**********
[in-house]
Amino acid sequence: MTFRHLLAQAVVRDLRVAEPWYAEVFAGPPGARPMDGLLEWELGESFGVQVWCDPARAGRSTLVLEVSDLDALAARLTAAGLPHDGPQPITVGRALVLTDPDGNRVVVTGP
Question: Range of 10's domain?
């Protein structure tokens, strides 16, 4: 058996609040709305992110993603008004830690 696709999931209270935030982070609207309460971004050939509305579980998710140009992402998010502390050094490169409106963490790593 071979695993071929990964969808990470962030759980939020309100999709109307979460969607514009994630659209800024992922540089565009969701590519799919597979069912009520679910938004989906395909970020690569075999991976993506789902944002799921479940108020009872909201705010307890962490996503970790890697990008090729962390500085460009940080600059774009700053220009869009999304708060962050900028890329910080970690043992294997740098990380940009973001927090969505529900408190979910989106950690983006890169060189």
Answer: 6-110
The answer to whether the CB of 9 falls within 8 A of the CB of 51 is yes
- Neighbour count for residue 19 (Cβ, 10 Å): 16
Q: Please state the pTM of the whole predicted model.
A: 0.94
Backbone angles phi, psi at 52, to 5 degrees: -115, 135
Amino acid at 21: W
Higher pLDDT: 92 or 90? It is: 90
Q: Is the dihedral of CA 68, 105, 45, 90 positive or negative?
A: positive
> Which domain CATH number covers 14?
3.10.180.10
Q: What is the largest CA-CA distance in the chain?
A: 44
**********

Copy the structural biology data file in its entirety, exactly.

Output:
[in-house]
Amino acid sequence: MTFRHLLAQAVVRDLRVAEPWYAEVFAGPPGARPMDGLLEWELGESFGVQVWCDPARAGRSTLVLEVSDLDALAARLTAAGLPHDGPQPITVGRALVLTDPDGNRVVVTGP
Question: Range of 10's domain?
């Protein structure tokens, strides 16, 4: 058996609040709305992110993603008004830690 696709999931209270935030982070609207309460971004050939509305579980998710140009992402998010502390050094490169409106963490790593 071979695993071929990964969808990470962030759980939020309100999709109307979460969607514009994630659209800024992922540089565009969701590519799919597979069912009520679910938004989906395909970020690569075999991976993506789902944002799921479940108020009872909201705010307890962490996503970790890697990008090729962390500085460009940080600059774009700053220009869009999304708060962050900028890329910080970690043992294997740098990380940009973001927090969505529900408190979910989106950690983006890169060189």
Answer: 6-110
The answer to whether the CB of 9 falls within 8 A of the CB of 51 is yes
- Neighbour count for residue 19 (Cβ, 10 Å): 16
Q: Please state the pTM of the whole predicted model.
A: 0.94
Backbone angles phi, psi at 52, to 5 degrees: -115, 135
Amino acid at 21: W
Higher pLDDT: 92 or 90? It is: 90
Q: Is the dihedral of CA 68, 105, 45, 90 positive or negative?
A: positive
> Which domain CATH number covers 14?
3.10.180.10
Q: What is the largest CA-CA distance in the chain?
A: 44